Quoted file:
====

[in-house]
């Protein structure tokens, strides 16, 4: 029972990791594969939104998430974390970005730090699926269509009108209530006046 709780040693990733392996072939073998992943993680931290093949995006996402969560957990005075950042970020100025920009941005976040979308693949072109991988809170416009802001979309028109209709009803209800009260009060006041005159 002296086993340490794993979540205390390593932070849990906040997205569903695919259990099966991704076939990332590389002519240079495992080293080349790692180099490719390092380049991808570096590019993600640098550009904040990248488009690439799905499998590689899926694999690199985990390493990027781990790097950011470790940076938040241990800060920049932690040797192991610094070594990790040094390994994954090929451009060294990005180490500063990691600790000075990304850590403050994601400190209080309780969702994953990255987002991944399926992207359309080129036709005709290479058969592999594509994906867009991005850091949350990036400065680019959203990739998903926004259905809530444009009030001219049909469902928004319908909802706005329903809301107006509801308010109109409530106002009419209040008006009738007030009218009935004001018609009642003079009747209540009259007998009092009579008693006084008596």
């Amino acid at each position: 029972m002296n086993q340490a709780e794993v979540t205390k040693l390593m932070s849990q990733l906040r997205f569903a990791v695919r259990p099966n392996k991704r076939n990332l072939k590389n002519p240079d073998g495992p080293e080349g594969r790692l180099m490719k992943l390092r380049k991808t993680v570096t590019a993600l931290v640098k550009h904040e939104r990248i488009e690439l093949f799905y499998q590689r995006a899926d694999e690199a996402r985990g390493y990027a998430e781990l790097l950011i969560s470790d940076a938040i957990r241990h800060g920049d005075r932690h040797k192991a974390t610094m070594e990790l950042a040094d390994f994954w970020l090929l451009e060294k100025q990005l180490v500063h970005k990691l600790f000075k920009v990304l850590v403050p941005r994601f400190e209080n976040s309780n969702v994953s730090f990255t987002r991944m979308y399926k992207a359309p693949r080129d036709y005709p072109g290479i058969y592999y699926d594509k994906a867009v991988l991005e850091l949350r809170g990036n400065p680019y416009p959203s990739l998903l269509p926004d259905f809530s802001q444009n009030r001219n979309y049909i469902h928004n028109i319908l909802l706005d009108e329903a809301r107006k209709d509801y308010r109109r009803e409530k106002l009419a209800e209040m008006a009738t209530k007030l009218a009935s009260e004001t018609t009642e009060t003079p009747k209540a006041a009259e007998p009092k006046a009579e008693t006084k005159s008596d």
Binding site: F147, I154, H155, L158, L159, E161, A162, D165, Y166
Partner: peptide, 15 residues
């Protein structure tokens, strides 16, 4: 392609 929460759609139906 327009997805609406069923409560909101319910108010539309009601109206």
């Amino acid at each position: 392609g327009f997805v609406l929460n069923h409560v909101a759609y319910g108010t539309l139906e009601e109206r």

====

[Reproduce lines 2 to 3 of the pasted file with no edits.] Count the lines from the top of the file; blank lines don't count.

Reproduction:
């Protein structure tokens, strides 16, 4: 029972990791594969939104998430974390970005730090699926269509009108209530006046 709780040693990733392996072939073998992943993680931290093949995006996402969560957990005075950042970020100025920009941005976040979308693949072109991988809170416009802001979309028109209709009803209800009260009060006041005159 002296086993340490794993979540205390390593932070849990906040997205569903695919259990099966991704076939990332590389002519240079495992080293080349790692180099490719390092380049991808570096590019993600640098550009904040990248488009690439799905499998590689899926694999690199985990390493990027781990790097950011470790940076938040241990800060920049932690040797192991610094070594990790040094390994994954090929451009060294990005180490500063990691600790000075990304850590403050994601400190209080309780969702994953990255987002991944399926992207359309080129036709005709290479058969592999594509994906867009991005850091949350990036400065680019959203990739998903926004259905809530444009009030001219049909469902928004319908909802706005329903809301107006509801308010109109409530106002009419209040008006009738007030009218009935004001018609009642003079009747209540009259007998009092009579008693006084008596």
């Amino acid at each position: 029972m002296n086993q340490a709780e794993v979540t205390k040693l390593m932070s849990q990733l906040r997205f569903a990791v695919r259990p099966n392996k991704r076939n990332l072939k590389n002519p240079d073998g495992p080293e080349g594969r790692l180099m490719k992943l390092r380049k991808t993680v570096t590019a993600l931290v640098k550009h904040e939104r990248i488009e690439l093949f799905y499998q590689r995006a899926d694999e690199a996402r985990g390493y990027a998430e781990l790097l950011i969560s470790d940076a938040i957990r241990h800060g920049d005075r932690h040797k192991a974390t610094m070594e990790l950042a040094d390994f994954w970020l090929l451009e060294k100025q990005l180490v500063h970005k990691l600790f000075k920009v990304l850590v403050p941005r994601f400190e209080n976040s309780n969702v994953s730090f990255t987002r991944m979308y399926k992207a359309p693949r080129d036709y005709p072109g290479i058969y592999y699926d594509k994906a867009v991988l991005e850091l949350r809170g990036n400065p680019y416009p959203s990739l998903l269509p926004d259905f809530s802001q444009n009030r001219n979309y049909i469902h928004n028109i319908l909802l706005d009108e329903a809301r107006k209709d509801y308010r109109r009803e409530k106002l009419a209800e209040m008006a009738t209530k007030l009218a009935s009260e004001t018609t009642e009060t003079p009747k209540a006041a009259e007998p009092k006046a009579e008693t006084k005159s008596d």